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Social Design Institute - Meet the practitioner: Professor Rebecca Earley

Rebecca Earley in a workshop working with shirts on mannequins and images laid out on a table
Rebecca Earley in a workshop working with shirts on mannequins and images laid out on a table
Image courtesy of Rebecca Earley
Written by
Cat Cooper
Published date
16 July 2021

Professor Rebecca Earley is a design researcher, UAL Chair of Sustainable Fashion Textile Design; and co-director/founder of the Centre for Circular Design. She uses textile design and making to open up conversations about unsustainable economic systems. She is co-founder of World Circular Textiles Day: a collaborative platform to promote the collective vision of achieving full circularity by 2050: a time when there is dignity, equity and equality.

From Sustainable to Circular to Social Textile Design Research

In 1999, as a fashion textile designer hand-printing seasonal collections under her ‘B.Earley’ label for London Fashion Week, financial necessity led Rebecca to begin collecting old polyester shirts that she could remake into new garments.

20 years on and 100 upcycled shirts later, what started as a personal textiles recycling project has underpinned Professor Earley’s longitudinal practice research project: Top 100.  It maps a sustainable design landscape and circular design framework for the textiles sector – focused on new materials, social models and user mindsets (Materials, Models and Mindsets).

Rebecca’s position paper ‘From Sustainable to Circular to Social Textile Design Research (PDF 726KB), commissioned by the UAL Social Design Institute, explains the thinking behind her research and how shifting from a linear to circular production system drive a fairer and more responsible society.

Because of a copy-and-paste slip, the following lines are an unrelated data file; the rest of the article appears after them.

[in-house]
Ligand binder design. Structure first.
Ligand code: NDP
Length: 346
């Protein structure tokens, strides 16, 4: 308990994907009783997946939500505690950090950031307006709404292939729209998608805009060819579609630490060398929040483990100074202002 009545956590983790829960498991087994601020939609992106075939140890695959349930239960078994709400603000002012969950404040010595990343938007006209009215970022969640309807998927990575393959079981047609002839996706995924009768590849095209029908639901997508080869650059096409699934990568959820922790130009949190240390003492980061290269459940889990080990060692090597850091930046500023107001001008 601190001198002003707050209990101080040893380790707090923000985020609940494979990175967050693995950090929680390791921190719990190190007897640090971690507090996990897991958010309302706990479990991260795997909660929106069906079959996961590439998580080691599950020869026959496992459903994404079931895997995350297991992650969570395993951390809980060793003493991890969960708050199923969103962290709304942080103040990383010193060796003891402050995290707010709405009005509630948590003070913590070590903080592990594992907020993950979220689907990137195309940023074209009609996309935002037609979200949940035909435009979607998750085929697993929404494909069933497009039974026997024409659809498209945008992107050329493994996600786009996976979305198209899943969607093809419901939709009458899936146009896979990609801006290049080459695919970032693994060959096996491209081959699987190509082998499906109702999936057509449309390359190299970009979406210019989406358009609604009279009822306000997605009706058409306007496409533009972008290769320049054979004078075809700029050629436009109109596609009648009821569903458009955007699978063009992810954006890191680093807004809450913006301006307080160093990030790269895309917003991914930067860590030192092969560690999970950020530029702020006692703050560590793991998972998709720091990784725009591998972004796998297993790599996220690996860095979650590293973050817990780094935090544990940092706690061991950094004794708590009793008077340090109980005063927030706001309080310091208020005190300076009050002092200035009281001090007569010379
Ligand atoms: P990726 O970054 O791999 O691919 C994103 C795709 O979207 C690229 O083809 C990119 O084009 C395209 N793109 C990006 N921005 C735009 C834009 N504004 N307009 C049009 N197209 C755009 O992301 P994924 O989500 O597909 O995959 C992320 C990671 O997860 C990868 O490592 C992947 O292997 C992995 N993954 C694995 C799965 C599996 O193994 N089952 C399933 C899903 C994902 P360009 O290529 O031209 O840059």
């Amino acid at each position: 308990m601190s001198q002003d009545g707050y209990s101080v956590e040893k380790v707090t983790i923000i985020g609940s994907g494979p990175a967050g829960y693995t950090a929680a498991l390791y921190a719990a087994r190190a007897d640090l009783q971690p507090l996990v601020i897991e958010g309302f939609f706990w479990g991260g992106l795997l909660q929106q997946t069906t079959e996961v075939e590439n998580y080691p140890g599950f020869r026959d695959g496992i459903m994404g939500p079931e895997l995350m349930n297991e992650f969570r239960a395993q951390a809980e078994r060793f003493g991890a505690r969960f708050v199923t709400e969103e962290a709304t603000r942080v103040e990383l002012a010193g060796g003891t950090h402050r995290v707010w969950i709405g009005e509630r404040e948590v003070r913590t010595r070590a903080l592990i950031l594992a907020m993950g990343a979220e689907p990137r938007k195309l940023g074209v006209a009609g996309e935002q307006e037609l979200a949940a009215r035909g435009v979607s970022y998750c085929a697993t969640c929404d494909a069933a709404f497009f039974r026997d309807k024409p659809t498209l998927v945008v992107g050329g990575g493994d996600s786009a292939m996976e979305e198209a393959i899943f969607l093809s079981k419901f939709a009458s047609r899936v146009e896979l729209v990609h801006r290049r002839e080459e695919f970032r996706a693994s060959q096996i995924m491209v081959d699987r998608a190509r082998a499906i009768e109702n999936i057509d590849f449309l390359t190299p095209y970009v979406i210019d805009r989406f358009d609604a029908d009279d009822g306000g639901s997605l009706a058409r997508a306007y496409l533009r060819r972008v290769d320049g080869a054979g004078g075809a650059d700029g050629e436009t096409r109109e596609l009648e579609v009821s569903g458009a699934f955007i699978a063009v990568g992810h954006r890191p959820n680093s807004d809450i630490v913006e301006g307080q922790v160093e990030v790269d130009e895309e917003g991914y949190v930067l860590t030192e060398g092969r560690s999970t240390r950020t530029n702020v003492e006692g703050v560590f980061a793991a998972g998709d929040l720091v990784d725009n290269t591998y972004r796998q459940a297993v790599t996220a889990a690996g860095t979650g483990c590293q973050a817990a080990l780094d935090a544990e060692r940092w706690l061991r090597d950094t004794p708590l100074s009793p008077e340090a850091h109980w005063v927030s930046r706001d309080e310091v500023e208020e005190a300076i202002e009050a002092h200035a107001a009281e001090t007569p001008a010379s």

Using textile design approaches to keep polyester in use for as long as possible has become my mission. We can make durable, flexible and light materials, and we can recycle them. However, they operate within outdated and damaging systems which, whilst being profitable for industry, remain exploitative for workers and excessive in terms of over-production and overconsumption. We need design to create and test new, more equitable and socially balanced models”

— Professor Rebecca Earley

Rebecca recently presented her work as part of discussions on the topic ‘Beyond sustainability’ at the UALxNEB event unbauhaus [1.17]


Championing research and practice in social design and design for sustainability, UAL Social Design Institute develops and uses research insights to inform and change how designers and organisations design. Its mission is to make a positive social and environmental difference.

The Institute’s focus areas are value and valuation through design, systems and design, and policy contexts and implications. It works closely with colleagues across UAL including the Centre for Circular Design, Centre for Sustainable Fashion and Design Against Crime Research Centre.

The Social Design Institute is working with BOP Consulting to develop the methodology for the Design Council’s Design Economy 2021 and recently launched its online learning series, including Introduction to Social Design.

The Institute's Publications include a series of open position papers sharing diverse research perspectives from UAL practitioners on social and sustainable design; and working papers offering new research insights. The material reflects the wide scope of social and sustainable design across different contexts and subject areas at UAL -from fashion and textiles to cultural practices and crime prevention. To date there are 15 papers to date authored by 16 UAL academics, and more will continue to be added.

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